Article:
Sedition charges decision 'has languished' as Biden's DOJ nominees await Senate confirmation: NYT

More than two months after Donald Trump was impeached for inciting insurrection, none of his supporters who participated in the January 6th riots has been charged with sedition. New reporting is shedding light on the decision making process behind that fact.

"Justice Department officials have reviewed potential sedition charges against members of the Oath Keepers militia group who attacked the Capitol on Jan. 6, and they have been weighing whether to file them for weeks, according to law enforcement officials briefed on the deliberations," The New York Times reported Monday. "The group members, including Thomas E. Caldwell, Jessica M. Watkins and Donovan Crowl, were indicted last month on charges of conspiring to obstruct Congress's ability to certify the Electoral College victory of Joseph R. Biden Jr., then the president-elect."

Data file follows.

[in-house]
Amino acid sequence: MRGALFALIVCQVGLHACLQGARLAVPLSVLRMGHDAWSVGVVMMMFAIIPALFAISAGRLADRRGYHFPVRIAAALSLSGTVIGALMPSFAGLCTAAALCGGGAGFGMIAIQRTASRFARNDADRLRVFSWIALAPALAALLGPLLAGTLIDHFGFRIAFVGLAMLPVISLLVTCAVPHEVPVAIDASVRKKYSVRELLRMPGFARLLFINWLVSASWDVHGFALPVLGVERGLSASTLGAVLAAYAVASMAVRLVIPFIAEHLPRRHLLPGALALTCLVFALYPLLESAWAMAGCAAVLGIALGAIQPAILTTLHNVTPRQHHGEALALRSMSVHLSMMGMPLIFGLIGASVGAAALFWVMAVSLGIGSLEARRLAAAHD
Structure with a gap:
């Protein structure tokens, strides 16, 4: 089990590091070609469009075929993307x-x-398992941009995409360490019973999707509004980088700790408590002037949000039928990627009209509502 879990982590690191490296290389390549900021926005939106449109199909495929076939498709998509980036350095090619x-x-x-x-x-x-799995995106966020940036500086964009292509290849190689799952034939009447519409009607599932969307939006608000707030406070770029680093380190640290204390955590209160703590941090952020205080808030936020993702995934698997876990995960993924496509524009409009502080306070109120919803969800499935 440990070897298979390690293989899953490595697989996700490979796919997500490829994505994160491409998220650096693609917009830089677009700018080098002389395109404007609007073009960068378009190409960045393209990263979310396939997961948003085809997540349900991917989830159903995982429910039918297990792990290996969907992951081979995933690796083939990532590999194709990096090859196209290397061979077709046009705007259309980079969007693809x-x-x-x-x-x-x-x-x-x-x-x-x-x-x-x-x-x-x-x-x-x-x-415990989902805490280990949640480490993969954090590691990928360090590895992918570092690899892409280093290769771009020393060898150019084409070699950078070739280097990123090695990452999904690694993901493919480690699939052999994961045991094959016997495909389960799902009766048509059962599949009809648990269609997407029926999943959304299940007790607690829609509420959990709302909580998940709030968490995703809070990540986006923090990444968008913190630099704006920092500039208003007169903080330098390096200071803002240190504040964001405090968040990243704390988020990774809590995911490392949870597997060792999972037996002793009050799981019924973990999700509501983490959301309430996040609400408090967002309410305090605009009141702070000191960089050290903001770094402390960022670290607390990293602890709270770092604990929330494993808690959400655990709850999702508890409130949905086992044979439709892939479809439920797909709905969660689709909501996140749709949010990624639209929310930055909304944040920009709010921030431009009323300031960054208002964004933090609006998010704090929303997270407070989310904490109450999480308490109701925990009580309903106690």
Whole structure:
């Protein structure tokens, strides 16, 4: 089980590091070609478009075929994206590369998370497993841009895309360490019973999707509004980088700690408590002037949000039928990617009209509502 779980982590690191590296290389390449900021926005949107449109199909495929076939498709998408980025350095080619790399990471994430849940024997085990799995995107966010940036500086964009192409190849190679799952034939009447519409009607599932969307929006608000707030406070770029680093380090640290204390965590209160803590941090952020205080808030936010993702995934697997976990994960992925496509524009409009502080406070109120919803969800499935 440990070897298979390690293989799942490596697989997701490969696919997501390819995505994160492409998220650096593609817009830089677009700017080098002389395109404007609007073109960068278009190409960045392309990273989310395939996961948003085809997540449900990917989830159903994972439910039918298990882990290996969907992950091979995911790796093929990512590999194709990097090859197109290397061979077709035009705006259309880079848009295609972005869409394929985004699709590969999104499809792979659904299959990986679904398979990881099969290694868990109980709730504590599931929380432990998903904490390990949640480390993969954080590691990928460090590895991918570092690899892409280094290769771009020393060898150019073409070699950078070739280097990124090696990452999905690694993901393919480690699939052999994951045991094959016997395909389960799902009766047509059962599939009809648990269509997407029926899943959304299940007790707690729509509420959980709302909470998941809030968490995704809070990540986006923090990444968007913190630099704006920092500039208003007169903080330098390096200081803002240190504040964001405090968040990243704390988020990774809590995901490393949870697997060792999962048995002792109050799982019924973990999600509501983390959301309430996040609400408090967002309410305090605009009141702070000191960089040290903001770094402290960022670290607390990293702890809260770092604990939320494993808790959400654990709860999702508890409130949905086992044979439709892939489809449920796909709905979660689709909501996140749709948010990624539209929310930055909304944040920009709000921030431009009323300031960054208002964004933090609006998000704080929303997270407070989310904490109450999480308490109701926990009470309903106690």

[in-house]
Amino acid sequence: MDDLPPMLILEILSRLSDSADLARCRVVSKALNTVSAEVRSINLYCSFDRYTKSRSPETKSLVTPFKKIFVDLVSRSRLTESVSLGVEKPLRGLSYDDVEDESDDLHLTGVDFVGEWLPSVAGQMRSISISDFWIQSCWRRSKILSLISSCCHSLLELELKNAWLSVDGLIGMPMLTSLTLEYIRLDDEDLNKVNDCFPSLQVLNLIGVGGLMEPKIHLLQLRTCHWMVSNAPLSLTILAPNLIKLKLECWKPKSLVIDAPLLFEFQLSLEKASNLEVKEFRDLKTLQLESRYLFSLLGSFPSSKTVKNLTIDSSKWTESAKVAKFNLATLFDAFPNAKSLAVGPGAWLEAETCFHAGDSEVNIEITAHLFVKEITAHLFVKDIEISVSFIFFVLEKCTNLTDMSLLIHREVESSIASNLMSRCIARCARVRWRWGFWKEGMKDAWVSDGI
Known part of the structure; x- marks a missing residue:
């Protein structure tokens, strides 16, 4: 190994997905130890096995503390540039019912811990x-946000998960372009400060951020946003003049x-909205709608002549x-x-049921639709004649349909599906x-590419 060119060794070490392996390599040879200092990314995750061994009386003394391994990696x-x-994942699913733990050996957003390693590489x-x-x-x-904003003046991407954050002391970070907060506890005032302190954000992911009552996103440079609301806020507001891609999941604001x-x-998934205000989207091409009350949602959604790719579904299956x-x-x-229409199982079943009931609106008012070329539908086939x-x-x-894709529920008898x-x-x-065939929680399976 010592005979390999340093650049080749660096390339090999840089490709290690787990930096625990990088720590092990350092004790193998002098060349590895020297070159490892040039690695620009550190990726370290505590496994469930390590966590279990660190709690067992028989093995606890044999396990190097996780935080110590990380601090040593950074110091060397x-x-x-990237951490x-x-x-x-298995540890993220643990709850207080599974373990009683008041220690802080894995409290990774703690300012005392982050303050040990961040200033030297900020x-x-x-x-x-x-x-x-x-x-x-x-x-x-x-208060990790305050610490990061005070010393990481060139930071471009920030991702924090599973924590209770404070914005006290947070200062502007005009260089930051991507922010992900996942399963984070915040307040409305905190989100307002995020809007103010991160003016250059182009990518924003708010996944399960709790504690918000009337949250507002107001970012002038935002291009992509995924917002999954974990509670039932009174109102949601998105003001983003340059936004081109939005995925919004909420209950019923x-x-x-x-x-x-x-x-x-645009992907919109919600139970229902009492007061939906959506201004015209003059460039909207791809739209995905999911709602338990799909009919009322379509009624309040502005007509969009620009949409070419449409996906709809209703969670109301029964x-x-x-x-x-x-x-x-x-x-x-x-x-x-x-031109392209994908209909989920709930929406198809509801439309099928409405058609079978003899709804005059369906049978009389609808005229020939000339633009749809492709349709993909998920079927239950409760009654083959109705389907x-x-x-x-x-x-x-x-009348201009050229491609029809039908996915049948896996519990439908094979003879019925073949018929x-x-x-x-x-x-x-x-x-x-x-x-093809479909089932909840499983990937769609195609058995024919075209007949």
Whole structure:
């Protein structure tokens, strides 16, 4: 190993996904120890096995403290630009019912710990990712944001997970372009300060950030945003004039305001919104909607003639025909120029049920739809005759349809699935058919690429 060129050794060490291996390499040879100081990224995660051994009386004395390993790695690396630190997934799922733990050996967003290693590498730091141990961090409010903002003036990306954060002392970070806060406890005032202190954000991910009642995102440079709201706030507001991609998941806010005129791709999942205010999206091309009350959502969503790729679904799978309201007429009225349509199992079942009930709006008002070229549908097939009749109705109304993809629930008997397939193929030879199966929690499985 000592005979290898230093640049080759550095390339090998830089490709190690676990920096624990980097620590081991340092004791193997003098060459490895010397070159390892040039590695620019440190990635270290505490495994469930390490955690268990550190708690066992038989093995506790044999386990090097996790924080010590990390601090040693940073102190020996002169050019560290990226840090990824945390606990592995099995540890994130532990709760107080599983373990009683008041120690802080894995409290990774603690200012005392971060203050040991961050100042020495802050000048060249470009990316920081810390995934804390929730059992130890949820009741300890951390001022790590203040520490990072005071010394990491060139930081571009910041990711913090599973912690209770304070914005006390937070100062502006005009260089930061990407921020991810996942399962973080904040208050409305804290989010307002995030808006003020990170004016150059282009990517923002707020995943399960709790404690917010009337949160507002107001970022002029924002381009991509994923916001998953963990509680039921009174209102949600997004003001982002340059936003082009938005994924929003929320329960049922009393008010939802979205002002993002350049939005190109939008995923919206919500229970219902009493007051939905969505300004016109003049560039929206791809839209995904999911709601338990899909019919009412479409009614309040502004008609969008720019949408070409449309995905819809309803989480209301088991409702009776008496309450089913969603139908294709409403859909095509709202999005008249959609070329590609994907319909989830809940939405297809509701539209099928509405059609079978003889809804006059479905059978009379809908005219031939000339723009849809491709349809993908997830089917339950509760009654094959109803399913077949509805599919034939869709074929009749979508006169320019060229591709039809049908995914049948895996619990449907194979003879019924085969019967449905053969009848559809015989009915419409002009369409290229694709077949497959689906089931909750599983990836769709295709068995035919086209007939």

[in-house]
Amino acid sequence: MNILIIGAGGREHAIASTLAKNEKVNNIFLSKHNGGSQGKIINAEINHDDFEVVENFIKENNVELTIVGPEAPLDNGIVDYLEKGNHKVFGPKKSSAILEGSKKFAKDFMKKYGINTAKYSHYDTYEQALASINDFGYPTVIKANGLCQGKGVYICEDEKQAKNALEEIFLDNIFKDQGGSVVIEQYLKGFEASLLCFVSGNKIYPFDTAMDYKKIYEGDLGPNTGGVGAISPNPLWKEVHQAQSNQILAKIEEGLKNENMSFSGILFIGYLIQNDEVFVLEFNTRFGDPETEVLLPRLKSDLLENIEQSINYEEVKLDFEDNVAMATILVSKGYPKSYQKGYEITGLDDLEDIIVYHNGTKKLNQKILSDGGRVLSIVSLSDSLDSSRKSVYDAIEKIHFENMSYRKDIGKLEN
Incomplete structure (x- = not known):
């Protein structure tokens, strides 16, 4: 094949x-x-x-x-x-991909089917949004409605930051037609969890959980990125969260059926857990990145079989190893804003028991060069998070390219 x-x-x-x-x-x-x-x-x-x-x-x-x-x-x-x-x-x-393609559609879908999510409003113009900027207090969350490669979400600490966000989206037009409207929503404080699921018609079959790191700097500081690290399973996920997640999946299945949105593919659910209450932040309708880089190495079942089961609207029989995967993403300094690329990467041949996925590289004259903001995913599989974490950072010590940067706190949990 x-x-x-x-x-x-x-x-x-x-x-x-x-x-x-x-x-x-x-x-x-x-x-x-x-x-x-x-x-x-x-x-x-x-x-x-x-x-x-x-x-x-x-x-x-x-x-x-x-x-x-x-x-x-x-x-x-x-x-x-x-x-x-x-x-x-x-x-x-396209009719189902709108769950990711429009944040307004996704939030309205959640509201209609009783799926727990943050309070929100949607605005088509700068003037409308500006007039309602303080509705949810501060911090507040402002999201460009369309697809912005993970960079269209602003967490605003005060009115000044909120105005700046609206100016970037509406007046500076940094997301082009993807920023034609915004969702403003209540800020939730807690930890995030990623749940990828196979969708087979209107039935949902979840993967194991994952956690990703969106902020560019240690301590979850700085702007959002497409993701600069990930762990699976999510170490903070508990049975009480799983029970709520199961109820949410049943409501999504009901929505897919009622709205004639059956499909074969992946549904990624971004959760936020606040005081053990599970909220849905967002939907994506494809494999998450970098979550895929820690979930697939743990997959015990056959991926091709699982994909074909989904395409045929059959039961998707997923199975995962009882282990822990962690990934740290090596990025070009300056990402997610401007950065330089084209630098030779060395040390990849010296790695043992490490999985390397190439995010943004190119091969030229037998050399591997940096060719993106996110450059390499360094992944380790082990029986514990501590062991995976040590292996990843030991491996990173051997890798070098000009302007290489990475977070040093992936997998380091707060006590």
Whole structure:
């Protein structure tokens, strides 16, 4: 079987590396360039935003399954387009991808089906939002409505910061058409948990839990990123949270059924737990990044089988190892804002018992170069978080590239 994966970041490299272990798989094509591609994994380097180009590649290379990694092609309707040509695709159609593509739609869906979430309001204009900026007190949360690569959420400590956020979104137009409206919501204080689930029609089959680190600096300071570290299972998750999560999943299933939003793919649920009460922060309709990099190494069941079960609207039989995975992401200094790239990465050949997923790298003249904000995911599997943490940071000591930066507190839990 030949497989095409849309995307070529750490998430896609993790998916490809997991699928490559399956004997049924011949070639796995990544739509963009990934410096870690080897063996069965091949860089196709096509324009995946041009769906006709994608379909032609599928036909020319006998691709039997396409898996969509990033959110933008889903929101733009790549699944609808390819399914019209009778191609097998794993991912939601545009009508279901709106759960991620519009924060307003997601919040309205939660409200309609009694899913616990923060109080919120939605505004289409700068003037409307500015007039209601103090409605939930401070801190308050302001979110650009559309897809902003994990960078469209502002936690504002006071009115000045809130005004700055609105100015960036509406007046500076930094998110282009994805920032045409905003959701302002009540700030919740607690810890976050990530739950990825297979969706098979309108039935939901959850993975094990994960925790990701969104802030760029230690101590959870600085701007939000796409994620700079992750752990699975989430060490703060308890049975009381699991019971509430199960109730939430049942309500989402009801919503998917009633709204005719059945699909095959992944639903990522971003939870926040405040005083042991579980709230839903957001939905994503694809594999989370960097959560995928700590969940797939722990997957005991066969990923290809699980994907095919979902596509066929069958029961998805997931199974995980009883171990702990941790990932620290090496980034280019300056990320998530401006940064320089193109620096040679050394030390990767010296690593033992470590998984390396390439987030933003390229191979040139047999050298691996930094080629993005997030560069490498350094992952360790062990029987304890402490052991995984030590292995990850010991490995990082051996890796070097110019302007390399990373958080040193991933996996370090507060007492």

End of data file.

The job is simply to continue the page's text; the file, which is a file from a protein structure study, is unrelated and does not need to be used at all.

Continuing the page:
Senate gridlock is reportedly one of the reasons for the lack of sedition charges.

"The Justice Department has rarely brought charges of sedition, the crime of conspiring to overthrow the government, and has not successfully prosecuted such a case in more than 20 years," the newspaper reported. "The decision about how to move forward has languished while Justice Department leaders go through the Senate confirmation process. The new attorney general, Merrick B. Garland, was sworn in on March 11 and is likely to have final say over such a high-profile case."

"Law enforcement officials have given senior officials in the Justice Department's National Security Division potential evidence that they gathered about the trio and an analysis of whether that evidence supported a sedition charge, but they stopped short of delivering a more formal prosecution memo or a draft of an indictment, one of the officials said. Early on in the sprawling investigation into the assault on the Capitol, investigators began focusing on members of the Oath Keepers, a militia that was founded by former law enforcement officers and military veterans, as well as on members of the far-right nationalist group the Proud Boys," The Times' Katie Benner reported.